September 2013 could see a solution for grown-up festivalgoers in the form of the first-ever Offshore Festival, a floating music festival.
Musical festival to set sail around the Mediterranean next year
If you've ever shivered and squelched through a muddy field covered in a sea of tents half an hour's walk from the main stages of a festival, you may have had a moment's doubt about the sanity of taking part in every music fan's favourite activity. Even the genteel Glastonbury, with its glamping and fashion-parade attendees, can be hard work if the weather turns.
September 2013 could see a solution for grown-up festivalgoers in the form of the newly launched Offshore Festival, created by Snow Patrol's former manager Keren McKean. The Glaswegian, who grew up going on the paddle steamer The Waverley with her grandfather, has combined her love of the sea and her experience of music to create a floating music festival – the first of its kind in the sunsoaked Mediterranean.
"Venice is where we start, so we leave there on Saturday evening and go to Dubrovnik in Croatia, Athens in Greece, and then Ephesus in Turkey, back to Split in Croatia and then back to Venice," she explains.
"It's seven days, and in that time you have two days at sea and five in port. Whenever people are on the ship there's entertainment, comedy, music; but when we're in port people will tend to go off and wander around, and the bands want to go off for a wander as well."
What's remarkable is just how close guests can get to the bands. With only 2,500 passengers on the ship – Norwegian Jade – you're talking about seriously intimate gigs.
"I think what's unbelievable about it is that even though there's only 2,500 people, you still feel like there are 70,000 people. That's the level of excitement," she says, having experienced the American version of the music cruise.
"You're also up close and personal with bands and you're going to be hanging out with them. On the cruises in the US they're fine to just wander around and people are quite respectful of them, and you end up being more friendly with them rather than star-struck by them."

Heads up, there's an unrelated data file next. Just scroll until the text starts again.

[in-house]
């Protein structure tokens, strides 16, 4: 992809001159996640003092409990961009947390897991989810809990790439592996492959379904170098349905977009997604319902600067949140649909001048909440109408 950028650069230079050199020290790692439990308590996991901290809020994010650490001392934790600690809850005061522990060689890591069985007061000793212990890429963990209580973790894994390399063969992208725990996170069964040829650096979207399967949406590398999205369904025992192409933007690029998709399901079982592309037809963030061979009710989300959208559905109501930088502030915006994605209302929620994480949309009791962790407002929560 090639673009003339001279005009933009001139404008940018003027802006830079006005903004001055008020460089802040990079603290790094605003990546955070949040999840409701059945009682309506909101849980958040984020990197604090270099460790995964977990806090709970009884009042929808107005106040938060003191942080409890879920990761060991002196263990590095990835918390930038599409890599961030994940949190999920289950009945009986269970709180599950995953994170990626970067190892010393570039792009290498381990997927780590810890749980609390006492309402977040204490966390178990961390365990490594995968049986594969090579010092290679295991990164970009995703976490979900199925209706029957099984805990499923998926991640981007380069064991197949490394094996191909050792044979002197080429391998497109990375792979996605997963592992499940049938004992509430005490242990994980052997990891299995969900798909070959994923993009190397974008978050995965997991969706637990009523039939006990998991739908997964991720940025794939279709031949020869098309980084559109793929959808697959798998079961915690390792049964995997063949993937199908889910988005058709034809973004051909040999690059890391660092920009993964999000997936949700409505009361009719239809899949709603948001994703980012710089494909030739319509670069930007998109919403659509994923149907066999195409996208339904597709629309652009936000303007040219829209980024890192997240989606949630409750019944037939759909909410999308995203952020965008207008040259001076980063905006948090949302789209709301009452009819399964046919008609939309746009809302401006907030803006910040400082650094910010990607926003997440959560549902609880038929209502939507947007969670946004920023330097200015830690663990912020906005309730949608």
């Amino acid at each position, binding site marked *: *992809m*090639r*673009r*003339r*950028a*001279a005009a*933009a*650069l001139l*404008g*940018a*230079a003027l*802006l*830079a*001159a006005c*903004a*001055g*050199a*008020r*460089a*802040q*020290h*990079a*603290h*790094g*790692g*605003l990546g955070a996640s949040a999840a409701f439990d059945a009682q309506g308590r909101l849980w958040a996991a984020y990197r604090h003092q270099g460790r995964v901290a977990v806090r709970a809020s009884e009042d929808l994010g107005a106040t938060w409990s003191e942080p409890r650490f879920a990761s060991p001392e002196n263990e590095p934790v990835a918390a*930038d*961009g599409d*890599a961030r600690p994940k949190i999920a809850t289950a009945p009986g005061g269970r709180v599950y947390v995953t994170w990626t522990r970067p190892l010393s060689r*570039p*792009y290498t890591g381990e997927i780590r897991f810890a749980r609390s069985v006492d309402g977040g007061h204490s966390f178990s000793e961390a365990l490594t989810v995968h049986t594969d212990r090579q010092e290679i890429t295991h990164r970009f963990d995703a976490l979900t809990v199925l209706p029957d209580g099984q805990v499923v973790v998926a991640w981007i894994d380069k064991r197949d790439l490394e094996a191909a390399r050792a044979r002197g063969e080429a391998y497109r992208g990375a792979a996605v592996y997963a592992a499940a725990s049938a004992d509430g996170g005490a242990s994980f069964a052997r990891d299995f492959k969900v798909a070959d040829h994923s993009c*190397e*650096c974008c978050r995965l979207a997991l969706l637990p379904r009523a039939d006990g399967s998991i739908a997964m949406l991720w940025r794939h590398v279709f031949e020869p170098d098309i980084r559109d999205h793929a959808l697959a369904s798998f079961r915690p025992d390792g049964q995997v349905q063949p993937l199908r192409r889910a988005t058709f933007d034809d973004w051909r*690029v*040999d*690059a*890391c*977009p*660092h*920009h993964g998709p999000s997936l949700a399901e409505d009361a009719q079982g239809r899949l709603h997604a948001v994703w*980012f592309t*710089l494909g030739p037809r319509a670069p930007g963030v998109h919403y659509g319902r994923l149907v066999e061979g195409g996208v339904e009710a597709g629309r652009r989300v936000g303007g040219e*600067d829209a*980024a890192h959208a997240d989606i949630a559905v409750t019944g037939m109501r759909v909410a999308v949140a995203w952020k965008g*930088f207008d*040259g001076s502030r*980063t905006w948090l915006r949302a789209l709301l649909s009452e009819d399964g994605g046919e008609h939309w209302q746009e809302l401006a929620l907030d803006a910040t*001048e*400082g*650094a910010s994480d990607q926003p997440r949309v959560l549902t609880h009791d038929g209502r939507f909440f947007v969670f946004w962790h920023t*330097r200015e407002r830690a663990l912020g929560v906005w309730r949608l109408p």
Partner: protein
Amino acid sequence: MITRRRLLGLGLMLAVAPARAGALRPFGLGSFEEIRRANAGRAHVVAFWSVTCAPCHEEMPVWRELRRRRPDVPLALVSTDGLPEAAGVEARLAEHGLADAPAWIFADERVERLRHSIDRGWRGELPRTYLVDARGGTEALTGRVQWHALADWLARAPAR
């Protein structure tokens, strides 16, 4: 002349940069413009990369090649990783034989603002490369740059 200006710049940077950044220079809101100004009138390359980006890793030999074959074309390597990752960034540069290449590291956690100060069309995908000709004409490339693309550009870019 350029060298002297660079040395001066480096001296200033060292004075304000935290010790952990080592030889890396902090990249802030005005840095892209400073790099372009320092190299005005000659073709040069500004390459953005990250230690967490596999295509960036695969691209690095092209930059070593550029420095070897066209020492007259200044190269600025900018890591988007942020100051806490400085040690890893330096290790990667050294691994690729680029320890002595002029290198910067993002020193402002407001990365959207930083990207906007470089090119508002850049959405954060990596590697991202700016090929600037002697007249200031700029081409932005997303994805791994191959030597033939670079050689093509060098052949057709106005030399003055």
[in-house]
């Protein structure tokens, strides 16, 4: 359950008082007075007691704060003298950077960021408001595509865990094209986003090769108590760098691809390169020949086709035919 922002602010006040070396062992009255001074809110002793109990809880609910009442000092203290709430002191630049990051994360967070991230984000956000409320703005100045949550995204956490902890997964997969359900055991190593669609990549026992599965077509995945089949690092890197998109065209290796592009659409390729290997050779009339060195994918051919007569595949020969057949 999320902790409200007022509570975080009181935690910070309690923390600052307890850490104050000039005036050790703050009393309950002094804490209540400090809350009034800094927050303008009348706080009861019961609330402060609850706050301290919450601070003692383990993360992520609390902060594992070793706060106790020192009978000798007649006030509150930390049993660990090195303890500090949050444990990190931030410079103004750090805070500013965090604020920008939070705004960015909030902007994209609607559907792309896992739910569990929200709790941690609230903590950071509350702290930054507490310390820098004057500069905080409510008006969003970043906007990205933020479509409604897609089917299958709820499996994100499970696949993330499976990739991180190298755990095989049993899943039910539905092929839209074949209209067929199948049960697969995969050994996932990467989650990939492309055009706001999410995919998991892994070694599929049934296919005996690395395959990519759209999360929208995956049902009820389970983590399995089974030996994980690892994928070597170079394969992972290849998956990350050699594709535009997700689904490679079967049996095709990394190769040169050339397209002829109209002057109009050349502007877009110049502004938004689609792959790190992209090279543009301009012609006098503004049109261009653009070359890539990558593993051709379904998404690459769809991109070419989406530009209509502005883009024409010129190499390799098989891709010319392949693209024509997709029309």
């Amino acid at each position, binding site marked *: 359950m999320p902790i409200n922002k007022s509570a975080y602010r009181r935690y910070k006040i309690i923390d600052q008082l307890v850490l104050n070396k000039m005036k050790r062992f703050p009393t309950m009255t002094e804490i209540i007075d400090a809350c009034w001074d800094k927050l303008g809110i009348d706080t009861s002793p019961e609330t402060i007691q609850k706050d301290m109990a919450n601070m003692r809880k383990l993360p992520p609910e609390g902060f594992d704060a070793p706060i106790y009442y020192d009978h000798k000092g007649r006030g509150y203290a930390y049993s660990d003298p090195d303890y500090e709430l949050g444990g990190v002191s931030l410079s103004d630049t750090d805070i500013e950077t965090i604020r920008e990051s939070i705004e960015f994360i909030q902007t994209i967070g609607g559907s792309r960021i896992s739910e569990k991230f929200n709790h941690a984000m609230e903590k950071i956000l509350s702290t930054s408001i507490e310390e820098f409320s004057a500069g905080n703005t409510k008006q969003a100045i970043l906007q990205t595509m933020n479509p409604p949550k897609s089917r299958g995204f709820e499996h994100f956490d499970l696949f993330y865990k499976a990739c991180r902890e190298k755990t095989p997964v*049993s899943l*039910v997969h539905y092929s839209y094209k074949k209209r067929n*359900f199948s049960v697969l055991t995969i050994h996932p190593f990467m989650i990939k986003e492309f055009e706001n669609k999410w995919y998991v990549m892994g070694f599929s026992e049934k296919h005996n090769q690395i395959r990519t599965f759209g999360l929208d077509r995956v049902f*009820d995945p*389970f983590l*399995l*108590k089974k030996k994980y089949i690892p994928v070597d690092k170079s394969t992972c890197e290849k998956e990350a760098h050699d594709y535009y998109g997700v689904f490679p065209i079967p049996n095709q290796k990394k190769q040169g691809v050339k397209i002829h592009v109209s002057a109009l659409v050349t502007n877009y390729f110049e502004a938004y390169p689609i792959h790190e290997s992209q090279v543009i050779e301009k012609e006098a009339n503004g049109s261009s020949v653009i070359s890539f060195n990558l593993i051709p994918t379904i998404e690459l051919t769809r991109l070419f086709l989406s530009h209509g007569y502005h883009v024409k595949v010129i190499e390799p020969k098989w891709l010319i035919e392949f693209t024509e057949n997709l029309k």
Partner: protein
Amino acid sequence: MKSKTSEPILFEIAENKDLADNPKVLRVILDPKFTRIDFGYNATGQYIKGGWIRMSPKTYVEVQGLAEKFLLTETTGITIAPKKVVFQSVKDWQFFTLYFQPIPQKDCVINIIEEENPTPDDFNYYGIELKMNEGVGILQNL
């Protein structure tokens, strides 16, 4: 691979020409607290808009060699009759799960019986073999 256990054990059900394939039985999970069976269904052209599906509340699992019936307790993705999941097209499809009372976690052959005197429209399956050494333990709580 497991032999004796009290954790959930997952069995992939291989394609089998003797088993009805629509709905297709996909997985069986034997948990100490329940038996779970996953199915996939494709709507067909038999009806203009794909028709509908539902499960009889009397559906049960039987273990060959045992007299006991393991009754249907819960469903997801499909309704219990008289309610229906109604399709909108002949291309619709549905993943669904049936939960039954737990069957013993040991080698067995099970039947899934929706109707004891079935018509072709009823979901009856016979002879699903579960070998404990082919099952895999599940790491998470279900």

The question festival purists will ask, of course, is how can you achieve that festival atmosphere on a luxury cruise liner with only 2,500 people – some of whom are staying in £12,500 (Dh72,000) suites with their own hot tubs and butlers? (There are 26 different price points, with budget options starting at £1,399 for a four-bed inner cabin.)
"You would think it's not a festival atmosphere, but it's absolutely mental," says McKean. "You know how on a campsite, everyone's camping next to each other and you just end up best mates with whoever you're next to? That happens exactly the same way, except that it's people in the cabin next to yours. You see all the same people and they're there to party. It's a fantastic atmosphere."
Which leads us to the big question: who exactly is going to be playing? McKean's not telling just yet – the big reveal is on September 12 this year – but she is talking a good game.
"It's a lot of big-name DJs, a lot of big-name comedians and a lot of big-name bands," she says. "It's slightly indie-orientated but still very mainstream. It's definitely going to be bands that you've heard of. We're really looking for acts that create a classic festival experience and that can really put on a show."
With 18 bands, a stage being built over the swimming pool and almost guaranteed sunshine, Offshore sounds like an attractive alternative to a smelly tent in a windy field. And you won't even have to take your own wet wipes.
Tickets for Offshore, which will set sail in September 2013, are on sale now at www.offshorefestival.com